The Army Corps has finished a project to widen a vulnerable...

The Army Corps has finished a project to widen a vulnerable stretch of oceanfront beach and dunes in downtown Montauk, seen Friday. Credit: Randee Daddona

The U.S. Army Corps of Engineers has completed the first phase of a long-awaited coastal restoration project in downtown Montauk to widen a vulnerable stretch of oceanfront beach — a project that grew in urgency after several winter storms recently battered the coast. 

Great Lakes Dredge & Dock Corp., the Army Corps’ contractor, dredged about 475,000 cubic yards of offshore sand that was pumped onto the beach on a stretch from Kirk Park Beach to South Edison Beach to widen it, according to East Hampton Town. 

Officials said the contractor completed the dredging work in 20 days.

East Hampton Councilman David Lys said the coordination of multiple bulldozers moving mounds of sand was “like watching dancers on a stage."

“It was a novel project that the town and Montauk had never seen before,” he added. “Residents are amazed by the transformation of the beach and how quickly and effectively it’s been done.”

The $11.25 million federal project was part of the larger Fire Island-to-Montauk Point initiative and followed an earlier stabilization project that began in 2015 as a stopgap.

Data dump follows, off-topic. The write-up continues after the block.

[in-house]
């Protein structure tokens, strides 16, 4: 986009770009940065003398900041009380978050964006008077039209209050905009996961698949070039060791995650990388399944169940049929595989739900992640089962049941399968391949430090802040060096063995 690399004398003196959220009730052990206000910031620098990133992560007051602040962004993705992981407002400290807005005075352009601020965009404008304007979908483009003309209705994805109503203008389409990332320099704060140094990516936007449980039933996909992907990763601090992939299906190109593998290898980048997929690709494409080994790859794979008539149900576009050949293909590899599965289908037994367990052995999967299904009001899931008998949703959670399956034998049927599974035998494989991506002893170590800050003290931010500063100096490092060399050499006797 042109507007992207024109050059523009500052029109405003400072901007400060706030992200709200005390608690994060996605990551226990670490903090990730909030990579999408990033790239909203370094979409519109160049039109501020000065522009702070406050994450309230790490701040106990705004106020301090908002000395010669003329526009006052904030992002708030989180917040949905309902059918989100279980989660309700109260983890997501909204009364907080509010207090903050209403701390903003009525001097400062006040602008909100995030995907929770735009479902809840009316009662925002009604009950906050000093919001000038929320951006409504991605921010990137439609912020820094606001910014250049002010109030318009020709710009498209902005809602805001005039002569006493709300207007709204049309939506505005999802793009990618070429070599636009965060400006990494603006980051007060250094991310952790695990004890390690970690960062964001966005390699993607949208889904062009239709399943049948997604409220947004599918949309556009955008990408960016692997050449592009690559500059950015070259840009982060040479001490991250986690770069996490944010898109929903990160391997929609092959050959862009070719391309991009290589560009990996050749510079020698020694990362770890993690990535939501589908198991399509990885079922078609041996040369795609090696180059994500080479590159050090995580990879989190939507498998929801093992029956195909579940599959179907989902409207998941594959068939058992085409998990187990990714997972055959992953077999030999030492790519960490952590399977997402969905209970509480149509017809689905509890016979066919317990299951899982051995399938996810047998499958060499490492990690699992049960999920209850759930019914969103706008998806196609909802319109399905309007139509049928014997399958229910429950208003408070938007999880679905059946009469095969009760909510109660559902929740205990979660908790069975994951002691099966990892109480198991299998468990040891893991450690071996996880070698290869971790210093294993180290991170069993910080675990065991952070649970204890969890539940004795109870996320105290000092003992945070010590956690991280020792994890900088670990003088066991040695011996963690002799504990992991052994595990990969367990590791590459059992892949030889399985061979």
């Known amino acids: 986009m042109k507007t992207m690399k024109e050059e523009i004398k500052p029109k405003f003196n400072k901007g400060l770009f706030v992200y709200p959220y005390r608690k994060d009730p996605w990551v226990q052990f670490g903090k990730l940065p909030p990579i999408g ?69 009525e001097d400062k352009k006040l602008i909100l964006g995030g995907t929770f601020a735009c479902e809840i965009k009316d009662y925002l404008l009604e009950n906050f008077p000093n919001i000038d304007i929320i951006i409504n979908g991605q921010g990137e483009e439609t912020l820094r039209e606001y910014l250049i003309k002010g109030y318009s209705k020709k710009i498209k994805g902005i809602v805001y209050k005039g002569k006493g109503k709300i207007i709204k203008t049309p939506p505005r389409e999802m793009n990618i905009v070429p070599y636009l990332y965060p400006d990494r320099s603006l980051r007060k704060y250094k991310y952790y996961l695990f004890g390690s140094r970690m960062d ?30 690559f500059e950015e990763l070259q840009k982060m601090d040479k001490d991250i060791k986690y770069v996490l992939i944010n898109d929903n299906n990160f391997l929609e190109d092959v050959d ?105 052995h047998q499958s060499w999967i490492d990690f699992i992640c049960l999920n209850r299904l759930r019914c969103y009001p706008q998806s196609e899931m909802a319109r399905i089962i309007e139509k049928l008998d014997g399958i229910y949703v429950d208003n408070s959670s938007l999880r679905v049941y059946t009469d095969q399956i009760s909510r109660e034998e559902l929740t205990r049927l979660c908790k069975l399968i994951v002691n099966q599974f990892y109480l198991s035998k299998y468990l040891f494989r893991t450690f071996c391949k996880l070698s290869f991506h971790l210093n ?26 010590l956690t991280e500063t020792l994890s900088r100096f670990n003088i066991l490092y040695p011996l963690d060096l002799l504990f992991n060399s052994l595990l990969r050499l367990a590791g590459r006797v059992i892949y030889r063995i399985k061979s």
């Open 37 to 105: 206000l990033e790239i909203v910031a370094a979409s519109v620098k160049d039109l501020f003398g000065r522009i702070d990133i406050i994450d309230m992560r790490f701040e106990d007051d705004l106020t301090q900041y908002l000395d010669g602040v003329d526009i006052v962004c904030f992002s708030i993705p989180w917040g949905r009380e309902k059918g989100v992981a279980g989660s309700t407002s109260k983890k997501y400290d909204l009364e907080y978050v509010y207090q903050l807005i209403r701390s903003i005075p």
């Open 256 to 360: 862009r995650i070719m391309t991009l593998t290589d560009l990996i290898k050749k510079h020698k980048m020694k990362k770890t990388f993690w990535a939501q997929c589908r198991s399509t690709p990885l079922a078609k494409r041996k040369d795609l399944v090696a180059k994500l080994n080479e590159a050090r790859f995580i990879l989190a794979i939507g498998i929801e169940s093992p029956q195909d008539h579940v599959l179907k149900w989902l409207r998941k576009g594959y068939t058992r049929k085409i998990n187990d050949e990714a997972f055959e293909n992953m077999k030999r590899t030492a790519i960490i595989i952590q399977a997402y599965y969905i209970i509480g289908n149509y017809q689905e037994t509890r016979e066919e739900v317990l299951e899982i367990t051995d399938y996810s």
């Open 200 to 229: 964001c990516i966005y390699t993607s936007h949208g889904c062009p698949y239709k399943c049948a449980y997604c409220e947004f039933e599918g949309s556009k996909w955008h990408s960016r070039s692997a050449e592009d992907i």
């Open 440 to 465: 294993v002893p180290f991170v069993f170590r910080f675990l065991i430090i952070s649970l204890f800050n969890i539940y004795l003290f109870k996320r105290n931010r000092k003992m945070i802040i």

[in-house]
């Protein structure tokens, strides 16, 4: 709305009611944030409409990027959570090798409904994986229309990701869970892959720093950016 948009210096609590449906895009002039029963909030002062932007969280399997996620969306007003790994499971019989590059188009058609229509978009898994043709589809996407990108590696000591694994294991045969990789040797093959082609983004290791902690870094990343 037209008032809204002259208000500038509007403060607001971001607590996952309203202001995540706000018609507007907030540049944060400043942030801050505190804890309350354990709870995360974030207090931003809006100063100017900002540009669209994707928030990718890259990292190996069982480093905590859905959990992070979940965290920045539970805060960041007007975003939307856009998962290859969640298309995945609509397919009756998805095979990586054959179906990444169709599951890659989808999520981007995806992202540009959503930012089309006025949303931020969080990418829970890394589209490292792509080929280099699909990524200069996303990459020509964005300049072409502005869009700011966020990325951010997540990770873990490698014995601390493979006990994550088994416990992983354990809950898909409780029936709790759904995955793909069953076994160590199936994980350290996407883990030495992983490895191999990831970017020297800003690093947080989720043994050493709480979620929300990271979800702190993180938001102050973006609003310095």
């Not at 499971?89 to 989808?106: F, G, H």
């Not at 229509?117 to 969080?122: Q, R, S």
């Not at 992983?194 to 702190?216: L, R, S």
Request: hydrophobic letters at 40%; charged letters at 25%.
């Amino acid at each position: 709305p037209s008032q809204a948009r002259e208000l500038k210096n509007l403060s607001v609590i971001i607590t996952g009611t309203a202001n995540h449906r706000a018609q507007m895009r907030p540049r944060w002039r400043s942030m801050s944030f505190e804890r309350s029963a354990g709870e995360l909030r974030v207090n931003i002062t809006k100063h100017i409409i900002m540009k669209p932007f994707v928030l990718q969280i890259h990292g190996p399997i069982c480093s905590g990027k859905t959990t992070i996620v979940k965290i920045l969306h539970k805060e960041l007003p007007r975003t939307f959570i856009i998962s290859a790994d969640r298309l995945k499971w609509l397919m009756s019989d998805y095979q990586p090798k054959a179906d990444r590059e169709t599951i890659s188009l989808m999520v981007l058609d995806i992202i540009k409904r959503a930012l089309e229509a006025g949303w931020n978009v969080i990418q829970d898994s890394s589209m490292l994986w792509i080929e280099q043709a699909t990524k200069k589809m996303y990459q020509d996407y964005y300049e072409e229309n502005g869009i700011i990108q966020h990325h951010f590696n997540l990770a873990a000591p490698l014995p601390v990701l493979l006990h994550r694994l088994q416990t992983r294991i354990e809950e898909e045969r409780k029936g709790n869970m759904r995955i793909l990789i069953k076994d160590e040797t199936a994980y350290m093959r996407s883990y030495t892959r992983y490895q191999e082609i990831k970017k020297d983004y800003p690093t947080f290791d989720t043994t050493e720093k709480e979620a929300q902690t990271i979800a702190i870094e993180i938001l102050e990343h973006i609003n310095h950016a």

James D’Ambrosio, public affairs specialist for the Army Corps, said the contractor completed the work ahead of schedule.

"The area now has a wider, more resilient shoreline reducing risk of flooding to residents, businesses and infrastructure from severe storms and tidal surges," he said.

Several hotels along South Emerson Avenue face the growing risk of the ocean creeping closer and closer.

The next phase of work that began last week involved installing sand fencing and beach plugs, Lys said. The beach plugs are grass planted directly into the sand at the face of the dune to help keep sand in place. Additional work will be done to repair vehicular and pedestrian access points, he said, adding the town is waiting for confirmation from the Army Corps for that timeline. 

Mariah Miltier, executive director of the Montauk Chamber of Commerce, said the beach nourishment project has been atop the organization’s priority list for over 20 years.

“The completion of this project was not only crucial for the resiliency of our downtown area and community, but also our local businesses,” she said.

Lys said downtown businesses benefited during the typically slow winter months from added traffic. He said people visited Montauk for day trips for a chance to witness the project, as well as the contractors who were working on the project.

Part of the draw was catching a view of the hopper dredge ship, Ellis Island, one of the largest of its kind operating in America, according to the Army Corps.

“People were definitely curious to see the project, which was a great thing,” Miltier said.

Lys said the town's chief lifeguard, marine patrol and East Hampton Volunteer Ocean Rescue will examine the beach to see how the surf zone may have changed.

"We're trying to get in front of that," he said. "We recognize that the conditions have changed in the surf zone."

Periodic beach replenishment will take place every four years for three decades now that the initial project is finished, according to the town.

Town officials in January began discussing both short- and long-term solutions to increase coastal resilience in the face of climate change. The winter storms seriously damaged existing dunes at Ditch Plains Beach, a popular surfing spot east of downtown Montauk.

The completed dredging project did not extend as far as Ditch Plains Beach.

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